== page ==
Study population and exposure definition
The exposure of interest was silica dust, and we included studies with silica-exposed workers. In addition to the ever/never exposed inclusion criteria, some other additional characteristics of workers were included in our analyses: exposure measurement method (including cumulative exposure, qualitative exposure or mean exposure), exposure assessment method (including sample monitoring, job exposure matrix or approximation), exposure type (including silica dust with asbestos, silica dust without asbestos, silica mixed dust and silica dust with trichloroethylene), silica particle size (including respirable silica and other particle sizes) and exposure level (mg/m3-years).
The main outcome was heart disease fulfilling the International Classification of Diseases 6, 7, 8, 9 and 10 criteria. Categories of heart disease mainly included pulmonary heart disease, ischaemic heart disease and other heart diseases. Ischaemic heart disease included myocardial infarction and coronary heart disease. Other heart diseases included hypertensive heart disease and chronic rheumatic heart disease. Furthermore, there were six articles that reported only the risk of ‘all heart disease’, so we classified ‘all heart disease’ as the fourth category, including CVD. Standardised mortality ratio for underlying ischaemic heart disease was included in our analyses.7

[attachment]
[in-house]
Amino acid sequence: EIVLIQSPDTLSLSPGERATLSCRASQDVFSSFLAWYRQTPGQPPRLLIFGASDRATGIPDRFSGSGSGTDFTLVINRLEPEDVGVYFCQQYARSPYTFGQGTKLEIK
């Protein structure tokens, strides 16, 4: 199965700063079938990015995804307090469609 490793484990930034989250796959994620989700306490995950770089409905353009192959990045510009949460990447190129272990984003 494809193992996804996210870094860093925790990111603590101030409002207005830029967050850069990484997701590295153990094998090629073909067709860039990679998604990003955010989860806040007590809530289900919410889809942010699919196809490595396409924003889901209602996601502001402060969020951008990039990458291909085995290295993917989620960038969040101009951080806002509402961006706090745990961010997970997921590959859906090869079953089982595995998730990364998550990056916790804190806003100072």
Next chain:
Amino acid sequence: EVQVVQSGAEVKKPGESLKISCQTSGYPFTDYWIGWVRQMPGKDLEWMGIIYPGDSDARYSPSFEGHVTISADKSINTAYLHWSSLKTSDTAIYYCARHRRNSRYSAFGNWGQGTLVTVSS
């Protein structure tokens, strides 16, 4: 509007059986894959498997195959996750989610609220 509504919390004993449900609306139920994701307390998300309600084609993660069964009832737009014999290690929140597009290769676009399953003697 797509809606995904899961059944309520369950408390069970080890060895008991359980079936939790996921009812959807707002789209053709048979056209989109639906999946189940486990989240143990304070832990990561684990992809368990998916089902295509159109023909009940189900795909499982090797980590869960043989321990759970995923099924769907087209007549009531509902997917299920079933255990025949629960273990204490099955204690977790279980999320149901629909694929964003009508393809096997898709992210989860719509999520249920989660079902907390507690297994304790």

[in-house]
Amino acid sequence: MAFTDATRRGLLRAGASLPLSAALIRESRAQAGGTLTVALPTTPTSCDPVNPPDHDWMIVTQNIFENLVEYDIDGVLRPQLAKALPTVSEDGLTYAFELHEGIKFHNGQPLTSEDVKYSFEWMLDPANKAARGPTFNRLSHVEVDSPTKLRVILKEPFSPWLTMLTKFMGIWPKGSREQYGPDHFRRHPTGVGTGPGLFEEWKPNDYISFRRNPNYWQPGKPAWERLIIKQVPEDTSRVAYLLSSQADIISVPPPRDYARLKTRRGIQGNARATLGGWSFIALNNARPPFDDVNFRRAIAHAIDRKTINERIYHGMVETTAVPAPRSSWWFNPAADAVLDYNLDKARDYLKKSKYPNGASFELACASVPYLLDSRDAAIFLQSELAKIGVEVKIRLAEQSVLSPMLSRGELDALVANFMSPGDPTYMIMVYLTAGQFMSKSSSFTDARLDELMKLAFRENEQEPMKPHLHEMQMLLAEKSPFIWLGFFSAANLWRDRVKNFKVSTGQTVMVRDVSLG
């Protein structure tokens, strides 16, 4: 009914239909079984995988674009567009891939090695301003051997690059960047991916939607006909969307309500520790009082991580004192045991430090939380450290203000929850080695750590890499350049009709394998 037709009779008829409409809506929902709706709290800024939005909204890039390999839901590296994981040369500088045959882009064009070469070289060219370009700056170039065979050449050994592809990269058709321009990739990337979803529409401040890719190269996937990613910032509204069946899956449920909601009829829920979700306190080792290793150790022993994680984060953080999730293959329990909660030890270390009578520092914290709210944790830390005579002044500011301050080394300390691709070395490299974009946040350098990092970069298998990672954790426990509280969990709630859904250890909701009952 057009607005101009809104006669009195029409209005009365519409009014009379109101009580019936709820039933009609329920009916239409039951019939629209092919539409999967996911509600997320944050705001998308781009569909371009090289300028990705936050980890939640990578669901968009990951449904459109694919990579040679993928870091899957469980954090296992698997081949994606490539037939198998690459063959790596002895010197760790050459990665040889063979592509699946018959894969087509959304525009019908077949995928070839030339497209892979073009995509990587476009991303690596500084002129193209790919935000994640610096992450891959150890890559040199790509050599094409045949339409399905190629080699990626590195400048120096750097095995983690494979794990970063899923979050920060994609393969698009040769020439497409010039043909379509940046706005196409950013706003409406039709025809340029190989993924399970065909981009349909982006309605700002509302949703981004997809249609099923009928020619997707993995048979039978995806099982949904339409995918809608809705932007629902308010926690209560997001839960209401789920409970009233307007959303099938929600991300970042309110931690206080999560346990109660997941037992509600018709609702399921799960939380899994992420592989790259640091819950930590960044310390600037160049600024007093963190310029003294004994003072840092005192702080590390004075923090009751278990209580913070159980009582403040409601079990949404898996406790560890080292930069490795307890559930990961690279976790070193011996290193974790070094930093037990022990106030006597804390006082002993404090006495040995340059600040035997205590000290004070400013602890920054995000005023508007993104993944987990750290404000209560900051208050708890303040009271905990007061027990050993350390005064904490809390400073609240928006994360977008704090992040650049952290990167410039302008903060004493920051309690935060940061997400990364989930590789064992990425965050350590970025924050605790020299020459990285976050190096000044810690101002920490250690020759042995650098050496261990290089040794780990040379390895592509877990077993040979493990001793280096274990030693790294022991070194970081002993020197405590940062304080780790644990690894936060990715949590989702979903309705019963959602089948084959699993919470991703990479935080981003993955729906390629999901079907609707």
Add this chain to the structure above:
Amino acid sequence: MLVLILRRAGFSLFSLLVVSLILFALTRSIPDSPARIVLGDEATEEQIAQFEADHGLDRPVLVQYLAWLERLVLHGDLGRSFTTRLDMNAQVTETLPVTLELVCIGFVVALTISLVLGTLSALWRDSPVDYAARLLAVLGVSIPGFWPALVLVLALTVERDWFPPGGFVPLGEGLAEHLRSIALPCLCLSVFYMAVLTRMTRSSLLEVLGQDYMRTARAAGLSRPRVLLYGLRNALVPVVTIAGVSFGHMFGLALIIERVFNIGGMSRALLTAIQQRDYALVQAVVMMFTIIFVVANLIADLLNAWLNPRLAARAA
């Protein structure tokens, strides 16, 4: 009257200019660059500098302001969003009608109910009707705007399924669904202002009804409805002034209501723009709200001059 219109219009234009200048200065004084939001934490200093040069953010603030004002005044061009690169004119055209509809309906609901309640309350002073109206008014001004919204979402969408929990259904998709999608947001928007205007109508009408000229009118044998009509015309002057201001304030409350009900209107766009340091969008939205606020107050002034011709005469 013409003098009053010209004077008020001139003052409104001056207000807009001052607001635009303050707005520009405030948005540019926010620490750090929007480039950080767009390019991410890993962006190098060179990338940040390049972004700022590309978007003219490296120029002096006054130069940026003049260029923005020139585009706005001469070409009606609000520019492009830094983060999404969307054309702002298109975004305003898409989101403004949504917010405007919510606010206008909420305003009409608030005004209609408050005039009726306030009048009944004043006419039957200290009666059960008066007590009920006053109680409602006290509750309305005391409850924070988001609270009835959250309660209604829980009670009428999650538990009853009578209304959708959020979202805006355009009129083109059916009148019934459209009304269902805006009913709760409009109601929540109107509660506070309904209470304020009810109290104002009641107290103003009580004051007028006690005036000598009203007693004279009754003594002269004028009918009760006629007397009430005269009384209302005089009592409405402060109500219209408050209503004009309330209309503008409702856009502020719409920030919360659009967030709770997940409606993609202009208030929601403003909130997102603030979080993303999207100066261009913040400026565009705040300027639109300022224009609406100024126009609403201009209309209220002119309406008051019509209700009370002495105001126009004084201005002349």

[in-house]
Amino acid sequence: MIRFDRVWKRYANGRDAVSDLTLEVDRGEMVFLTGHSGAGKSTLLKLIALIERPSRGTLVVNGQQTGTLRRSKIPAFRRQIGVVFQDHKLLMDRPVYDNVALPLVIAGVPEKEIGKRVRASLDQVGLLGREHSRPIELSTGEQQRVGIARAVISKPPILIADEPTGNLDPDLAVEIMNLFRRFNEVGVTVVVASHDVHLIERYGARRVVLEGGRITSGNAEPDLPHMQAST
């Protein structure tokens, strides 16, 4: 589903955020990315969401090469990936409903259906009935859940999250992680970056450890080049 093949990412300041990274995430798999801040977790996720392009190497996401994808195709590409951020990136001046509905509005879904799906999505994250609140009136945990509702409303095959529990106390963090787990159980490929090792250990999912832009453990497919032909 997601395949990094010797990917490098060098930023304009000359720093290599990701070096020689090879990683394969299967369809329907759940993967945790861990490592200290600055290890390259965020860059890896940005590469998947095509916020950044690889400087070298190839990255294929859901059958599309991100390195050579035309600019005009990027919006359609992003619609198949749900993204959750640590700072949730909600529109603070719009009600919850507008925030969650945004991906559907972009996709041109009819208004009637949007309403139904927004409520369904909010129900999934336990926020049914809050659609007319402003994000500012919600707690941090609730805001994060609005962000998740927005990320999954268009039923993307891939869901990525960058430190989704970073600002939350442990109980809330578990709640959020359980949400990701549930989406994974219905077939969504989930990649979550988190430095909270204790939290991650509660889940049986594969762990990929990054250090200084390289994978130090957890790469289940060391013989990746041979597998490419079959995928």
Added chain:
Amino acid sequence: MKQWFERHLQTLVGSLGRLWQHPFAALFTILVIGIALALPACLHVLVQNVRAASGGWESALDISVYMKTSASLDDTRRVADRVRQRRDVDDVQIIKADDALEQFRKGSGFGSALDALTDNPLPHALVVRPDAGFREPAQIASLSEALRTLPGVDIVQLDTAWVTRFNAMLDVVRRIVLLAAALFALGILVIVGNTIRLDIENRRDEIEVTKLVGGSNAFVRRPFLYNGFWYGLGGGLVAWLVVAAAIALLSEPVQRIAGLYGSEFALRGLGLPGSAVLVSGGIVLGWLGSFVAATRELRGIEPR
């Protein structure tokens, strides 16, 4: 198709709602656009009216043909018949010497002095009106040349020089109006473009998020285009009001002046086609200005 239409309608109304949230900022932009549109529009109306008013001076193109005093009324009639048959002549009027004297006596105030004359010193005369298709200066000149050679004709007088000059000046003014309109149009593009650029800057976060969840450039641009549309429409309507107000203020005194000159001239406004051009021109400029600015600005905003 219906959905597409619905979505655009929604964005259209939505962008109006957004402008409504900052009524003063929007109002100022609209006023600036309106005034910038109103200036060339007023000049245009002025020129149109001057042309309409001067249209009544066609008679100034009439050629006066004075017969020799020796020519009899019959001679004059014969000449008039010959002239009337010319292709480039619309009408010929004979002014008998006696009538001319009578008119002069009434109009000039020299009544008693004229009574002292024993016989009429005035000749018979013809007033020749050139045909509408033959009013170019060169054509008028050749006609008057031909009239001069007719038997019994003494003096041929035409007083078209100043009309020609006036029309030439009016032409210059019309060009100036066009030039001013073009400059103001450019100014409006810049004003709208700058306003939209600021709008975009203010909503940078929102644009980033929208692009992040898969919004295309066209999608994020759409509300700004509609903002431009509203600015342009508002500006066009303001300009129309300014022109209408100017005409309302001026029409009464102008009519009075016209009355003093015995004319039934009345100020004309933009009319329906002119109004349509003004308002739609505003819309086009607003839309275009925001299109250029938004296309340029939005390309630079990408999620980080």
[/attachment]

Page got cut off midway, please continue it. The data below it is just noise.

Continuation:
Study quality assessment
The Newcastle-Ottawa Quality Assessment Scale for cohort studies was used for quality assessment and one point for every satisfactory answer.30 Eight items were assessed to calculate study quality score: representativeness of the exposed cohort, selection of the non-exposed cohort, ascertainment of exposure, demonstration that outcome of interest was not present at start of study, comparability of cohorts on the basis of design or analysis, assessment of outcome, follow-up long enough for outcomes to occur or not, and adequacy of follow-up (online supplementary file 2).
Study and data collection processes
Four authors (KL, MY, MM and WH) designed this study. MY and WH assessed the full-text articles according to the exclusion and inclusion criteria. Two reviewers (KL and MM) extracted the study characteristics, outcomes and study quality data using a piloted data collection form. Only studies with high methodological quality, that is, with a score of 6 or higher, were included. All reviewers independently reviewed the titles and abstracts of all identified citations. Disagreements were resolved by discussion and consensus, with MM as an adjudicator.